Blending 'soft' approach and conventional methods best way to counter terror, prof argues

Putting down on paper a vivid description of what might happen if terrorists ever launched an attack on the Windsor-Detroit border is akin to thinking the unthinkable, but totally necessary in order to convince people of the necessity of taking a more holistic approach to counter-terrorism, according to Richard Chasdi.

Richard Chasdi

Richard Chasdi.

In a recent article published by The Huffington Post, the adjunct professor in the university’s political science department described a scenario that occurs in 2015 in which terrorists launch explosive attacks on the Ambassador Bridge and the Detroit-Windsor Tunnel, as well as on Detroit’s Orchestra Hall as a diversionary tactic.

Besides the loss of human life, the article describes the impact of such an attack on the North American economy.

“The Ambassador Bridge and the Detroit-Windsor tunnel are two of the most critical infrastructure choke points along the American-Canadian border, a border with the largest amount of cross border economic traffic in the world,” the article says.

“Automobiles, trucks, vans and SUV's manufactured in Detroit-Windsor area could not be delivered leading to a massive decline in automotive sales and sales from Big Three supplier companies. Still rebounding from the so-called "Great Recession" of 2008, the ripple effects sent the stock market to its lowest point in seven years and the region's unemployment rate rising.”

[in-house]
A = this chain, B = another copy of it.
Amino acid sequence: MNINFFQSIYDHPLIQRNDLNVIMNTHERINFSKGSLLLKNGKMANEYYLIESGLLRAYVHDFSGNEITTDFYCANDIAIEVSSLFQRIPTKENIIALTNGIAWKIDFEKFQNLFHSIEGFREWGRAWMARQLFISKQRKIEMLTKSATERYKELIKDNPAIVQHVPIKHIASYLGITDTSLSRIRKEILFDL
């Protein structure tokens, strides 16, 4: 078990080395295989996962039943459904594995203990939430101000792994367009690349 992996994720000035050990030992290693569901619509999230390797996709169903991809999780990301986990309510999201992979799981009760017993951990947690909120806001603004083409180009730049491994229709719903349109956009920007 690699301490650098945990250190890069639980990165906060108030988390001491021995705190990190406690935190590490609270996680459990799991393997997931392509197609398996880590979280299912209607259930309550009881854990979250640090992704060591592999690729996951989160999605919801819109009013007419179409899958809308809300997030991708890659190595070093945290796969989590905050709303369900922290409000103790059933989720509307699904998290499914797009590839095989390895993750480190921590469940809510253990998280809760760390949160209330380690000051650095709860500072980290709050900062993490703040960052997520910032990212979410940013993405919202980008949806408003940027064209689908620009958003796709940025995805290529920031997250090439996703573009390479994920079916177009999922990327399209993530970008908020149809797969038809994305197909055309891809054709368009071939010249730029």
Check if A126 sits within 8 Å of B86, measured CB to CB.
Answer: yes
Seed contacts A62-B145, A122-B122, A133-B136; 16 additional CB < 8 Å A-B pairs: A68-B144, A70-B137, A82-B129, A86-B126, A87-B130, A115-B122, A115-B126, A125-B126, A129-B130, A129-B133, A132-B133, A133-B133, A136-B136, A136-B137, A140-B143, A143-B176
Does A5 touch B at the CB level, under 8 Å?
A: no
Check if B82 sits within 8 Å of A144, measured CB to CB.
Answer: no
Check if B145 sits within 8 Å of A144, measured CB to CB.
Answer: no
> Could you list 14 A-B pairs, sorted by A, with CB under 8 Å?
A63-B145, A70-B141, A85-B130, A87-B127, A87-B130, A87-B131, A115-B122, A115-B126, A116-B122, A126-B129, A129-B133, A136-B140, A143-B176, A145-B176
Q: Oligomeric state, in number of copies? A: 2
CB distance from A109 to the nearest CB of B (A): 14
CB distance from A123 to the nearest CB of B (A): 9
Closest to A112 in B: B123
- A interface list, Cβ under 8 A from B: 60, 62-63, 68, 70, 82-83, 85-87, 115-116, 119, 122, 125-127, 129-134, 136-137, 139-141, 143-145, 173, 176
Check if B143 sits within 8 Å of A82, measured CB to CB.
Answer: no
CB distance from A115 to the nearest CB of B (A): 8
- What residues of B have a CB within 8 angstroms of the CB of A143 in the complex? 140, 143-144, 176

The piece goes on to advocate for a blending of hard- and soft-line approaches into counter-terrorism policy. While some targeted militaristic methods of countering terrorism work, governments need to place increased and equal emphasis on building hospitals, schools and other infrastructure in areas of the world that may be threats for potential new terrors cells to develop, Chasdi suggested.

“We know that conventional methods alone are not effective at eliminating terrorism,” he said. “Police and military activity, a lot of these have destruction goals, whether it’s assassinations or bombings. Hard line approaches have a very low rate of return. Soft-line approaches, whether they’re done sequentially or simultaneously, take the wind out of the sails of those who are interested in tit-for-tat responses.”

The author of three books on international relations and counter-terrorism, Chasdi is also an adjunct professor at Wayne State University’s Center for Peace and Conflict Studies and the Center of Academic Excellence in National Security Intelligence Studies.

He’ll appear this afternoon on CJAM 99.1 FM on Research Matters, a weekly talk show that highlights the work of University of Windsor researchers and airs every Thursday at 4:30 p.m.